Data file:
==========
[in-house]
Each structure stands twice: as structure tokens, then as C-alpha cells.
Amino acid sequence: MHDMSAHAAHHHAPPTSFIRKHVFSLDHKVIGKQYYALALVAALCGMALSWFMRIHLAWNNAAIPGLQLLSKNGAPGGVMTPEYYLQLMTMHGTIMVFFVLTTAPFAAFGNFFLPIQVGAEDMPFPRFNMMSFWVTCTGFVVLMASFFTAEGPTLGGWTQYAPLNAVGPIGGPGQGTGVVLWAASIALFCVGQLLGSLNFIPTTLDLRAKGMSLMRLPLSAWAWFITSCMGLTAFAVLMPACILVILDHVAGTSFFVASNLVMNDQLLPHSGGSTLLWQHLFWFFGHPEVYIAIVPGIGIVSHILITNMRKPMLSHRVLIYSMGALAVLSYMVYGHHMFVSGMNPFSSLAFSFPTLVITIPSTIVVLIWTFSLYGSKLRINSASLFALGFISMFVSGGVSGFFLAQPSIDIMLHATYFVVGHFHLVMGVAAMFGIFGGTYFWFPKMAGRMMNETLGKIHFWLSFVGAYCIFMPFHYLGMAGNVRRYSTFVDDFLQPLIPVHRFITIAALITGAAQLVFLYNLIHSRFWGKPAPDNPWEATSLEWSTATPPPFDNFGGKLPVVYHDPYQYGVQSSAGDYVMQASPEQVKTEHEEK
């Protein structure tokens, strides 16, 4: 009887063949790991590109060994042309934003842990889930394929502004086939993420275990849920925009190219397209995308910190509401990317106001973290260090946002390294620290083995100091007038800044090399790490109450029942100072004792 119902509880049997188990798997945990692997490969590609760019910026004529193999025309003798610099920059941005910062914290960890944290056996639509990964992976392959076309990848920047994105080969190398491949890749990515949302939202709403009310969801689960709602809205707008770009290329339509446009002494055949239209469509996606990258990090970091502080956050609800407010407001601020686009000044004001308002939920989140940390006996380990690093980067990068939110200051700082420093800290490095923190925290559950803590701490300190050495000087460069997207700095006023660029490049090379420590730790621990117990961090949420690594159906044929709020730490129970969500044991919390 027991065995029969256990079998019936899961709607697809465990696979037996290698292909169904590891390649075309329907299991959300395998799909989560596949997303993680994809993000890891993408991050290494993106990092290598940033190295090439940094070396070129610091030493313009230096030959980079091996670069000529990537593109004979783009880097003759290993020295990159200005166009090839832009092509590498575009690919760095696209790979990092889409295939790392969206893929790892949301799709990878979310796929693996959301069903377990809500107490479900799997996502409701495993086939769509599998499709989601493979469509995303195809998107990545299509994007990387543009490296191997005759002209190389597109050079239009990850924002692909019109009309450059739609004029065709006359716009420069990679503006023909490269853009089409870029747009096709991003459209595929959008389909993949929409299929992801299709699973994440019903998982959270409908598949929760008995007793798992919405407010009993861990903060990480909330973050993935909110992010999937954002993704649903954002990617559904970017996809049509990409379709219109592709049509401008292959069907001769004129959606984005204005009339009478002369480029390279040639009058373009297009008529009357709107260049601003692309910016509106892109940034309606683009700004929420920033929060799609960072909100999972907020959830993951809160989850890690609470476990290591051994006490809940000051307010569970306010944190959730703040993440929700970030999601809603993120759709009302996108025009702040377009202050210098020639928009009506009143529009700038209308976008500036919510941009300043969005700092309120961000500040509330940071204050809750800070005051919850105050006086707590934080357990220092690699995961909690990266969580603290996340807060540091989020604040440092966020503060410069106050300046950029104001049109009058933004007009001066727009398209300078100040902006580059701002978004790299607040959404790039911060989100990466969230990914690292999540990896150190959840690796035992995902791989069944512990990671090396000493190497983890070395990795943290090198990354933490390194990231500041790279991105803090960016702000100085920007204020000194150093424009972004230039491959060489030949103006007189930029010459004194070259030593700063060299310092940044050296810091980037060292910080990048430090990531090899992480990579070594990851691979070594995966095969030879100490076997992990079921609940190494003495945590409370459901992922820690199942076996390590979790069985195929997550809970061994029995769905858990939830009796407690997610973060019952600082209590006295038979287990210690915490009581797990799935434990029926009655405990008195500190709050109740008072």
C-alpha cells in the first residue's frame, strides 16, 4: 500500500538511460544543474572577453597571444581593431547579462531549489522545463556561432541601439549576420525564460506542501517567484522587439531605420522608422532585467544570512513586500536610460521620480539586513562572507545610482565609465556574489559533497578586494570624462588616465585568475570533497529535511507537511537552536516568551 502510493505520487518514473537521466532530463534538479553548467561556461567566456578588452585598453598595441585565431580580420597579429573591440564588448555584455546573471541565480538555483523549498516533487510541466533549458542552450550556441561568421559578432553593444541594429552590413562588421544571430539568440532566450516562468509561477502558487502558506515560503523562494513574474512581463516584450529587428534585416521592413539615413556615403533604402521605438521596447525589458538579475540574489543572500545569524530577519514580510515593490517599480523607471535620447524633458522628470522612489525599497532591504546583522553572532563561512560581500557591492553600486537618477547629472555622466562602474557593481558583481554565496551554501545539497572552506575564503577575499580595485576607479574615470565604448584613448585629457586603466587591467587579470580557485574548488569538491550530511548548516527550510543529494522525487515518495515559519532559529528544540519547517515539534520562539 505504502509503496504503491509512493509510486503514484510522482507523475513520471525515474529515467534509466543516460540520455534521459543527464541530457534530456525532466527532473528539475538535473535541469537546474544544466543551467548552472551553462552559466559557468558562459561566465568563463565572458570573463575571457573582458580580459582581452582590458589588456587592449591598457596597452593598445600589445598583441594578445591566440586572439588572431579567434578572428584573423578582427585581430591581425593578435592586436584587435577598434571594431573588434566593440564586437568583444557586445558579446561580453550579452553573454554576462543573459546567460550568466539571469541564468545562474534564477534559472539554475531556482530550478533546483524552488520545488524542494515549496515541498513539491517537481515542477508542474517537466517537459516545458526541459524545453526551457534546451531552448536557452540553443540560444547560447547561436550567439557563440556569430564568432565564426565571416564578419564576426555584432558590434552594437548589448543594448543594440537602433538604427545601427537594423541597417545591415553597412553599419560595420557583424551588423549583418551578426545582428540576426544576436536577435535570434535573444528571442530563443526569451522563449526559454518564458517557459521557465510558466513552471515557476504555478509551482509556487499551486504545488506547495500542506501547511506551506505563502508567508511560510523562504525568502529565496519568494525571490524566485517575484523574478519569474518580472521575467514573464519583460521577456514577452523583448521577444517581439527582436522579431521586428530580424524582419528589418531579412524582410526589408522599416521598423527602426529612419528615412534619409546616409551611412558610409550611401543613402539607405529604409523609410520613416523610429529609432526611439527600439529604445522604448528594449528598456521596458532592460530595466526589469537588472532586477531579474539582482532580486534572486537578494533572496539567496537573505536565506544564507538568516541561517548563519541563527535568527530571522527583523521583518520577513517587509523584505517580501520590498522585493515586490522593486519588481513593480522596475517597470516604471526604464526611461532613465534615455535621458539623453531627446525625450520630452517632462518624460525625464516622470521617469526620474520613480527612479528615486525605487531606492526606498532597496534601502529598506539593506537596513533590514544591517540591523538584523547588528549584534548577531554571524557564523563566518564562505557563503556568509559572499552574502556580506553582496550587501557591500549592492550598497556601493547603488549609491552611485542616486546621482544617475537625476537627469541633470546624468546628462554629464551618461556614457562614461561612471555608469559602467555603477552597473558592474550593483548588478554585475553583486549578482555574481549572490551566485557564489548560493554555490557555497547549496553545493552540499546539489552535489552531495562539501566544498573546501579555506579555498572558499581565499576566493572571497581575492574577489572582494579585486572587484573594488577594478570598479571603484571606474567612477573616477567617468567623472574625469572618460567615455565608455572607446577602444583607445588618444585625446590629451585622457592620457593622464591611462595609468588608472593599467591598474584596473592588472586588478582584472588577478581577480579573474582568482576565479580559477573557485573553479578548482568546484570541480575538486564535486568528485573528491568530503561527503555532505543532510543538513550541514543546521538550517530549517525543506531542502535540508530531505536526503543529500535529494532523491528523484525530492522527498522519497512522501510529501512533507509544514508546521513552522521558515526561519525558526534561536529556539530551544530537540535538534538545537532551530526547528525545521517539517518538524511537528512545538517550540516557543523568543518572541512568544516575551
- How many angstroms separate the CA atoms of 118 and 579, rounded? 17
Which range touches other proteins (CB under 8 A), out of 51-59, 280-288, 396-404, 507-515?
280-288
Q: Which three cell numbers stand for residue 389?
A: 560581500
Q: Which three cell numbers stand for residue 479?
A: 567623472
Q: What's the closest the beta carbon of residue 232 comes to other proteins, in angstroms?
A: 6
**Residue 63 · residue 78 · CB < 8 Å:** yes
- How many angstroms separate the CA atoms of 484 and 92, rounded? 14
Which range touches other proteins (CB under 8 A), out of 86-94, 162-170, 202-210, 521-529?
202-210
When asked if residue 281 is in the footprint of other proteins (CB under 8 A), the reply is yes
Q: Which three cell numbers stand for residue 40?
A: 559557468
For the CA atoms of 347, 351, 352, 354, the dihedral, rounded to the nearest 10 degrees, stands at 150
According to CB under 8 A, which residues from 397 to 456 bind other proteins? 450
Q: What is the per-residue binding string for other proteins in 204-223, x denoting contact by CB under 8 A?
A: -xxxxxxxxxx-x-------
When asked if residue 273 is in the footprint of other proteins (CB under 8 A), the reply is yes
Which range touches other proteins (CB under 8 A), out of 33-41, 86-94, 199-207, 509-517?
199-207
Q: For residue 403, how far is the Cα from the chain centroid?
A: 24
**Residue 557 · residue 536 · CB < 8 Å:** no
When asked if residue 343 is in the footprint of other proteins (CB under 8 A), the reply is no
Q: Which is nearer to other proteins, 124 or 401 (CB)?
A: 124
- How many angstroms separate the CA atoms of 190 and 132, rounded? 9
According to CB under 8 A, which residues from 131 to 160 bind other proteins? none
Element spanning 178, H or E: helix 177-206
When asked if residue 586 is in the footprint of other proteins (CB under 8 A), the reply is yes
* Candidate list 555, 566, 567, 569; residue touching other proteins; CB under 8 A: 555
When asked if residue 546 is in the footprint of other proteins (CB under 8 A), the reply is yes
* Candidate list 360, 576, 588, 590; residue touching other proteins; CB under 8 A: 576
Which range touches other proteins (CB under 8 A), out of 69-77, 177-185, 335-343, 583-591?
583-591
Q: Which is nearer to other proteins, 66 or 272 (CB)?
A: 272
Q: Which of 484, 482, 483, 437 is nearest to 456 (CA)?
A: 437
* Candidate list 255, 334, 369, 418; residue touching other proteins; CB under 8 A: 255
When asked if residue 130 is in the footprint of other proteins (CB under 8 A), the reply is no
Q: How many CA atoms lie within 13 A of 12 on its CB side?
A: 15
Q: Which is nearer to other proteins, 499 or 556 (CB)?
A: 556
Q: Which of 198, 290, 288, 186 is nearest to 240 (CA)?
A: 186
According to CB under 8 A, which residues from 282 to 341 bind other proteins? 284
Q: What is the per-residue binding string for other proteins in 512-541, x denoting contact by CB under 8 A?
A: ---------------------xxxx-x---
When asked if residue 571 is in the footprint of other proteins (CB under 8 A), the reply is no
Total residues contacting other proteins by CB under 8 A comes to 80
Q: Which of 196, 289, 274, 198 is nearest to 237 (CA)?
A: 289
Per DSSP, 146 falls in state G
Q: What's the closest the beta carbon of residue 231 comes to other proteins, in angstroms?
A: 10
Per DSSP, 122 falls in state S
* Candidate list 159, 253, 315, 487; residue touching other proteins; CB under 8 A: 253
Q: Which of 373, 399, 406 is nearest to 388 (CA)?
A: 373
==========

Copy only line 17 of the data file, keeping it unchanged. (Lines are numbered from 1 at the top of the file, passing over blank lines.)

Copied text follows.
Which range touches other proteins (CB under 8 A), out of 86-94, 162-170, 202-210, 521-529?